To minimise investment and operating costs, 5G will use a Cloud-RAN (C-RAN) architecture that centralises baseband processing (C-BBU) for multiple remote radio heads.
New standards are being developed for fronthaul to support the evolution to C-RAN. IEEE 1904 Access Networks Working Group (ANWG) is developing a new Radio over Ethernet (RoE) standard for supporting CPRI encapsulation over Ethernet. This new standard will make it possible to aggregate CPRI traffic from multiple RRHs and small cells over a single RoE link, improving fronthaul network utilisation. Another working group, IEEE 1914.1 Next Generation Fronthaul Interface (NGFI), is revisiting the Layer-1 partitioning between RF and baseband to support more Layer-1 processing at the RRH. NGFI enables the fronthaul interface to move from a point-to-point connection to a multipoint-to-multipoint topology, improving network flexibility and enabling better coordination between cell sites. A new CPRI standard for 5G front-haul (eCPRI) will be released in August 2017 that details the new functional partitioning of base station functions and includes support for CPRI over Ethernet.
These new fronthaul standards create the need for frequency flexible timing solutions that can support both LTE and Ethernet clocking in radio heads, small cells, and pico cells (see fig 2). These solutions will provide the opportunity for hardware designs to unify all clock synthesis into a single, small-form factor IC.
Another key challenge is accurate timing and synchronisation. Historically 3G and LTE-FDD mobile networks relied on frequency synchronisation to synchronise all network elements to a very precise and accurate primary reference, typically sourced from a signal transmitted by GNSS satellite systems (GPS, BeiDou). These systems require frequency accuracy within 50 ppb at the radio interface and 16 ppb at the base station interface to the backhaul network. LTE-TDD and LTE-Advanced retain these frequency accuracy requirements but add very stringent phase synchronisation requirements (±1.5µs). This key requirement enables new features, such as enhanced inter-cell interference coordination (eCIC) and coordinated multipoint (CoMP), which maximise signal quality and spectral efficiency. These phase synchronisation requirements are expected to be further tightened in the upcoming 5G standards.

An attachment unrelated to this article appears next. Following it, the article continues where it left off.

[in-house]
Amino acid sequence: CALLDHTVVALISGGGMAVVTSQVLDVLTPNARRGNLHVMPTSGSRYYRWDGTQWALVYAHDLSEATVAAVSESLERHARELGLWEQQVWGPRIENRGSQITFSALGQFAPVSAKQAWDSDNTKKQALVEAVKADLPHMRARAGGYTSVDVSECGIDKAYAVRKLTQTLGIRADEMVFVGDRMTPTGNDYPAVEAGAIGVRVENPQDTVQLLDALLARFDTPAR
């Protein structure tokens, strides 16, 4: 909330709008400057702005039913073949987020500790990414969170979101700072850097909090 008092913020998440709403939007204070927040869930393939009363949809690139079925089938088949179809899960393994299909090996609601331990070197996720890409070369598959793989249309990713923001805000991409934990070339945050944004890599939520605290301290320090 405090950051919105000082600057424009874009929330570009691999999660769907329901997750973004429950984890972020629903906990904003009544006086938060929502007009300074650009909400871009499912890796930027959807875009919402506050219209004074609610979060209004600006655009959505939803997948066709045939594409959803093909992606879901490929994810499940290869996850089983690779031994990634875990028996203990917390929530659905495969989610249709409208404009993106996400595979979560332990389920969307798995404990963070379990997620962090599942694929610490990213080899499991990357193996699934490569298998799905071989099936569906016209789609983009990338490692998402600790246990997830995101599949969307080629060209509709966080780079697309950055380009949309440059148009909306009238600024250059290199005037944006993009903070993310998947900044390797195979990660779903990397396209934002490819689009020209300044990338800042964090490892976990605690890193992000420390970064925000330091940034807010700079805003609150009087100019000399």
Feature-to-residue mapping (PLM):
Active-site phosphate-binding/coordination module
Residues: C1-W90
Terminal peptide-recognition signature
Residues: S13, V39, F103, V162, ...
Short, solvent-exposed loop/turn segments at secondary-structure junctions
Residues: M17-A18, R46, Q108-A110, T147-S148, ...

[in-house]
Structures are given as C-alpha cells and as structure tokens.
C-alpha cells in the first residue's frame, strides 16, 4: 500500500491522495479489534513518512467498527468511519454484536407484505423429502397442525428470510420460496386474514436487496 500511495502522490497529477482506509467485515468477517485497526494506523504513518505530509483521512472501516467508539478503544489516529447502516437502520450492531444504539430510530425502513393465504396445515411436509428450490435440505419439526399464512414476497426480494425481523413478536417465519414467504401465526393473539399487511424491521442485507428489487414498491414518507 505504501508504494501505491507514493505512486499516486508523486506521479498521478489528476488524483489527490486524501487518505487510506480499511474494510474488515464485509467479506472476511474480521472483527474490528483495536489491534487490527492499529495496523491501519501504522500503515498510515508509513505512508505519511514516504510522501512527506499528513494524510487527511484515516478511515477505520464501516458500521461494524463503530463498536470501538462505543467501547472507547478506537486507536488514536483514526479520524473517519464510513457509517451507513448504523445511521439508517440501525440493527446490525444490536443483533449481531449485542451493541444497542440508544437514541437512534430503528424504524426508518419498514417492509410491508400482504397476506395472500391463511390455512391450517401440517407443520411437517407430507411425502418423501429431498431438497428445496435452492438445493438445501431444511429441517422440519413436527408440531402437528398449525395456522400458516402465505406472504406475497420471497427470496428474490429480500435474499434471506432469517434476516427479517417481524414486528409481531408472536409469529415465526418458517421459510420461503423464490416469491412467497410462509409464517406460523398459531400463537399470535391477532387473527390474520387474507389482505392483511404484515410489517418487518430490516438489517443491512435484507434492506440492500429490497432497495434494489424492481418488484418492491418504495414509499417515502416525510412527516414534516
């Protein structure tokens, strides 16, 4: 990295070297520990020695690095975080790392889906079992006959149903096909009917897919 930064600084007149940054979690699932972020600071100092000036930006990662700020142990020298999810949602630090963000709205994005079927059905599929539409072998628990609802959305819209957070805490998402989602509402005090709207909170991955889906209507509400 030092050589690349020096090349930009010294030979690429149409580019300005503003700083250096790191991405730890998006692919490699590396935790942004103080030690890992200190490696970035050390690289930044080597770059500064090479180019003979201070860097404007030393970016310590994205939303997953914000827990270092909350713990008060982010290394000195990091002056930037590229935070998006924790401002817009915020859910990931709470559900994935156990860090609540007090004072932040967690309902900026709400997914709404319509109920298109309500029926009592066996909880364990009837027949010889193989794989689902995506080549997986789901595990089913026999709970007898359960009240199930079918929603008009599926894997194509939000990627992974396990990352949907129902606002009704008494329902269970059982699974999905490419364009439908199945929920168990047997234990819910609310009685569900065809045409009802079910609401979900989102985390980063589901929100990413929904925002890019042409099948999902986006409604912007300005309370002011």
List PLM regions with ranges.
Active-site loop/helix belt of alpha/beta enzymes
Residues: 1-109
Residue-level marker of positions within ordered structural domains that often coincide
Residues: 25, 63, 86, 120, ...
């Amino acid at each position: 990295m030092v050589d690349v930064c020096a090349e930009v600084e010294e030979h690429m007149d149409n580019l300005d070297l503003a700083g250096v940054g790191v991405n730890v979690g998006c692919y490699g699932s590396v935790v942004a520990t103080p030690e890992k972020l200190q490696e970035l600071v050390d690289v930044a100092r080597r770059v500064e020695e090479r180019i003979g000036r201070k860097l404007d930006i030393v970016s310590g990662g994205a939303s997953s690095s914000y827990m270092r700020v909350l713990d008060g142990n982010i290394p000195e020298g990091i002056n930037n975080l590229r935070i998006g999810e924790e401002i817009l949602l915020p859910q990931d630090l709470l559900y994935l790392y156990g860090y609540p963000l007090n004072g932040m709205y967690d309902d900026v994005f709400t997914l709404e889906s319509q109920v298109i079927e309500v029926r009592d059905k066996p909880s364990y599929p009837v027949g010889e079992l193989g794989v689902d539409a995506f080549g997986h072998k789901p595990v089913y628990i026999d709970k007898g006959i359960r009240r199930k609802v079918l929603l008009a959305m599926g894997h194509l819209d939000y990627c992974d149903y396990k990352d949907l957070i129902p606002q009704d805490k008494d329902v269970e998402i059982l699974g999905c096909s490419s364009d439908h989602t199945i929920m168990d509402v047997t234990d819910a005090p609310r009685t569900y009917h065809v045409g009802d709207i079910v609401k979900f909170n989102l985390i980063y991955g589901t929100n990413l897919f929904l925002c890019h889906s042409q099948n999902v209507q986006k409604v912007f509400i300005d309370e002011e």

Figure 3 shows the LTE-Advanced network architecture, in which multiple remote radio heads connected to a centralised base band unit over packet-based eCPRI networks and phase/frequency synchronisation is provided by IEEE 1588v2/SyncE. Time and phase synchronisation is supported by implementing IEEE1588/SyncE at the remote radio head and centralized base band unit. Higher bandwidth 100 GbE networks are used to backhaul traffic from each base band unit to the core network. Higher performance, more flexible timing solutions are now available that simplify clock generation, distribution and synchronization in LTE-Advanced applications.
Ethernet is being broadly adopted in data centre and wireless networks to enable higher network utilisation and lower cost data transmission and to enable new service provider features and services. The transition to packet-based Ethernet networks in these infrastructure applications is driving the need for more flexible, lower jitter timing solutions based on innovative architectures that enables frequency flexibility and ultra-low jitter.